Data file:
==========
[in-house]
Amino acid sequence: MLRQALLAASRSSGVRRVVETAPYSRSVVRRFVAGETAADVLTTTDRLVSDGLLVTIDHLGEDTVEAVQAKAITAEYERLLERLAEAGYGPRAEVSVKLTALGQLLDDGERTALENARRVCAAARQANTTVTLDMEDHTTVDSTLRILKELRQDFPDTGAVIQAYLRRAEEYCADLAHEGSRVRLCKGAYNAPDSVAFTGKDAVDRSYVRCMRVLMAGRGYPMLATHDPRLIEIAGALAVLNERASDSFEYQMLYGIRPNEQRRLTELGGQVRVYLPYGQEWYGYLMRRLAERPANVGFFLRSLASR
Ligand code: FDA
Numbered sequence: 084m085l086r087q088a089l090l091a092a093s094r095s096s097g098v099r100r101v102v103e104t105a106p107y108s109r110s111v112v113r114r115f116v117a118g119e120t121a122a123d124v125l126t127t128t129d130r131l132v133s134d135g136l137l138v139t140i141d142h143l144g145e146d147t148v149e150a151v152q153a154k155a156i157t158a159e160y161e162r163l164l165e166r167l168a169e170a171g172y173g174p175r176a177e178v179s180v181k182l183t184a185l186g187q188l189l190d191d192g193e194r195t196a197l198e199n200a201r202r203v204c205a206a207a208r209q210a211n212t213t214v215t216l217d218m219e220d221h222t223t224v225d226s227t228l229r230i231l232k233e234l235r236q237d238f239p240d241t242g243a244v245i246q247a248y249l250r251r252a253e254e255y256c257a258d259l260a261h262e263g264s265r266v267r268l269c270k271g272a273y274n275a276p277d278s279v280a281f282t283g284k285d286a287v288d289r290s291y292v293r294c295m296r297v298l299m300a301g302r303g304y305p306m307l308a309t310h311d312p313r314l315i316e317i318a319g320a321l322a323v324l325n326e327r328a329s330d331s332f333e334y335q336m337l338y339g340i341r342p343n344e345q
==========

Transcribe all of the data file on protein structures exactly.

[in-house]
Amino acid sequence: MLRQALLAASRSSGVRRVVETAPYSRSVVRRFVAGETAADVLTTTDRLVSDGLLVTIDHLGEDTVEAVQAKAITAEYERLLERLAEAGYGPRAEVSVKLTALGQLLDDGERTALENARRVCAAARQANTTVTLDMEDHTTVDSTLRILKELRQDFPDTGAVIQAYLRRAEEYCADLAHEGSRVRLCKGAYNAPDSVAFTGKDAVDRSYVRCMRVLMAGRGYPMLATHDPRLIEIAGALAVLNERASDSFEYQMLYGIRPNEQRRLTELGGQVRVYLPYGQEWYGYLMRRLAERPANVGFFLRSLASR
Ligand code: FDA
Numbered sequence: 084m085l086r087q088a089l090l091a092a093s094r095s096s097g098v099r100r101v102v103e104t105a106p107y108s109r110s111v112v113r114r115f116v117a118g119e120t121a122a123d124v125l126t127t128t129d130r131l132v133s134d135g136l137l138v139t140i141d142h143l144g145e146d147t148v149e150a151v152q153a154k155a156i157t158a159e160y161e162r163l164l165e166r167l168a169e170a171g172y173g174p175r176a177e178v179s180v181k182l183t184a185l186g187q188l189l190d191d192g193e194r195t196a197l198e199n200a201r202r203v204c205a206a207a208r209q210a211n212t213t214v215t216l217d218m219e220d221h222t223t224v225d226s227t228l229r230i231l232k233e234l235r236q237d238f239p240d241t242g243a244v245i246q247a248y249l250r251r252a253e254e255y256c257a258d259l260a261h262e263g264s265r266v267r268l269c270k271g272a273y274n275a276p277d278s279v280a281f282t283g284k285d286a287v288d289r290s291y292v293r294c295m296r297v298l299m300a301g302r303g304y305p306m307l308a309t310h311d312p313r314l315i316e317i318a319g320a321l322a323v324l325n326e327r328a329s330d331s332f333e334y335q336m337l338y339g340i341r342p343n344e345q